Gold prices fell on Wednesday while extending yesterday’s drop as the U.S. dollar firmed on renewed fears of intensification in the Sino-U.S.trade war and worries over slowing global economic growth. Investors took cover in the greenback after Bloomberg reported that Washington is preparing to announce tariffs on all remaining Chinese imports by early December if talks next month between U.S. President Donald Trump and Chinese President Xi Jinping fail to ease the trade war. A stronger dollar makes bullion more expensive for holders of other currencies.
Oil prices climbed for the first time in three days on Wednesday, but rising supply and fears over the outlook for demand amid the U.S.-China trade war kept pressure on the market. Brent crude futures had gained 52 cents, or 0.7 percent, to $76.43 a barrel. They fell 1.8 percent on Tuesday, at one point touching their lowest since Aug. 24 at$75.09 a barrel. U.S. West Texas Intermediate (WTI) crude futures advanced 29 cents, or 0.4 percent, to $66.47 a barrel on Wednesday.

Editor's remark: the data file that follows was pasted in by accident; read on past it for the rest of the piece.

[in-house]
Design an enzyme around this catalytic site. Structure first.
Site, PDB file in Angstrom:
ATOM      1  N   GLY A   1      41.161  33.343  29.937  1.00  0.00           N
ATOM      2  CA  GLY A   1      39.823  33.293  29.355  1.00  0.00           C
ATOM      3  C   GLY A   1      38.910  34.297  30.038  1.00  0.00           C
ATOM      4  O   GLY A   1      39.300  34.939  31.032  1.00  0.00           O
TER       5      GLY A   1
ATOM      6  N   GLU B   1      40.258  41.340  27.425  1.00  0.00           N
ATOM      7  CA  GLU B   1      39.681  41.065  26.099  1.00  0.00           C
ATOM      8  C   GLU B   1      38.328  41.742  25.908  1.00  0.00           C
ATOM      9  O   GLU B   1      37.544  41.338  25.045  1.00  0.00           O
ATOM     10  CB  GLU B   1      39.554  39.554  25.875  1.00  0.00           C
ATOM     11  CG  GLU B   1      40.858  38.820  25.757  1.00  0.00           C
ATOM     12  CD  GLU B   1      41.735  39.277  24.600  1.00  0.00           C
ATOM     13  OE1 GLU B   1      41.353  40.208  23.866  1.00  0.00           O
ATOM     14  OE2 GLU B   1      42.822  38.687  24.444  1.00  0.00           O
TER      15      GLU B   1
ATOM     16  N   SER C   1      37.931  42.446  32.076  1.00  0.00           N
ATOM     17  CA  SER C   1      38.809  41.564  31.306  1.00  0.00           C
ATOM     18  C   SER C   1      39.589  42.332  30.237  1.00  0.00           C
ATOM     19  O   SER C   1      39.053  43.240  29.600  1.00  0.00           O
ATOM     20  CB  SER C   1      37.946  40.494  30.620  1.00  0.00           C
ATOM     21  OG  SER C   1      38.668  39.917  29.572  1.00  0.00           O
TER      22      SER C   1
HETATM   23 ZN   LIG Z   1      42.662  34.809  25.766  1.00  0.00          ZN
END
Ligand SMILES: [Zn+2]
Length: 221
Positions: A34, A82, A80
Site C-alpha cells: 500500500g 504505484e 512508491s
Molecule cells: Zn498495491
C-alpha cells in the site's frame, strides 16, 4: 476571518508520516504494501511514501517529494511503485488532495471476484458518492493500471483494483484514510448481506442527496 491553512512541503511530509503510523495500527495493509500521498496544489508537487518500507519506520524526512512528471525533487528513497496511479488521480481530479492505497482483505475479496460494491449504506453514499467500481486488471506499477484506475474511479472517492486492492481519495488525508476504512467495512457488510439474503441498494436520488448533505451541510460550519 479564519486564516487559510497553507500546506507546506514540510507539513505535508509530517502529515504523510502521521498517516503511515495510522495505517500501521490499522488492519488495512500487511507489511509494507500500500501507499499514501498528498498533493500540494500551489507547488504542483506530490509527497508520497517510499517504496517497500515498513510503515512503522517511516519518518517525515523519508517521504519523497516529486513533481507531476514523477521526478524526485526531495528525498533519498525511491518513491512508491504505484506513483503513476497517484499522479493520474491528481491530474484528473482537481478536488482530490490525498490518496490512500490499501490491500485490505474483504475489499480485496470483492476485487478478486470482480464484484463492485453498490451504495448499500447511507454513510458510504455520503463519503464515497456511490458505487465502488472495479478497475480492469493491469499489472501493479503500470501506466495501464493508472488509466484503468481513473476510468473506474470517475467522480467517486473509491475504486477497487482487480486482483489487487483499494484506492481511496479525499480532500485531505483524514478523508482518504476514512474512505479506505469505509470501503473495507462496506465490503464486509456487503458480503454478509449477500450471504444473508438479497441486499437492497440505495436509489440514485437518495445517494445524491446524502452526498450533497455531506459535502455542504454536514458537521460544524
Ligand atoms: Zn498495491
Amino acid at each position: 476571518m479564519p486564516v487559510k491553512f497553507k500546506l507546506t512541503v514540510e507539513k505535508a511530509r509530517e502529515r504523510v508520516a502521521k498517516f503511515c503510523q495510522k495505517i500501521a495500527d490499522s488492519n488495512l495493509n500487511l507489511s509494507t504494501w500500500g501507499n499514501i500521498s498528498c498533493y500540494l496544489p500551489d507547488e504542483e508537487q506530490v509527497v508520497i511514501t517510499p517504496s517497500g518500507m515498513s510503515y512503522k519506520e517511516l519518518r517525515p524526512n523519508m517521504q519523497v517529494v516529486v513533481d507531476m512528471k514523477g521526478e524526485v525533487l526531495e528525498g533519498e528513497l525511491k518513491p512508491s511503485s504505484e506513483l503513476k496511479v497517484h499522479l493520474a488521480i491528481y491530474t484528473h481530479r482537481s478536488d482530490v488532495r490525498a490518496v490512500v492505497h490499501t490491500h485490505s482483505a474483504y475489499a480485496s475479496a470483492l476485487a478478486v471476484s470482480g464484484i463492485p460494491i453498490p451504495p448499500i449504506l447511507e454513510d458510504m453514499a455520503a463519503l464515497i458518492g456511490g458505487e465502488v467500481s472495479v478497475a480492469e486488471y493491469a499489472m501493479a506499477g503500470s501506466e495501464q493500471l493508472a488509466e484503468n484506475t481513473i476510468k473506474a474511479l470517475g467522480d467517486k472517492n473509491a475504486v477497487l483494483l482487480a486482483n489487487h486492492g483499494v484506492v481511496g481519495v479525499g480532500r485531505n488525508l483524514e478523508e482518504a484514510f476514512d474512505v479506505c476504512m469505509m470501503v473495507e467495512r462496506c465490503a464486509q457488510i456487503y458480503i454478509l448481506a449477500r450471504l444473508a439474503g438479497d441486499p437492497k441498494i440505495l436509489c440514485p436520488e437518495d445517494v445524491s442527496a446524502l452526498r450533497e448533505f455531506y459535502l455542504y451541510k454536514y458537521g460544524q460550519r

Zinc and copper prices fell in Shanghai on Wednesday after data showed that China’s manufacturing sector grew at its weakest pace in more than two years, dampening the outlook for demand in the world’s top metals consumer. Amid rising headwinds from the Sino-U.S. trade row, China’s official Purchasing Managers’ Index dropped to 50.2 in October from 50.8 in September, only slightly above the 50-point mark that separates growth from contraction.
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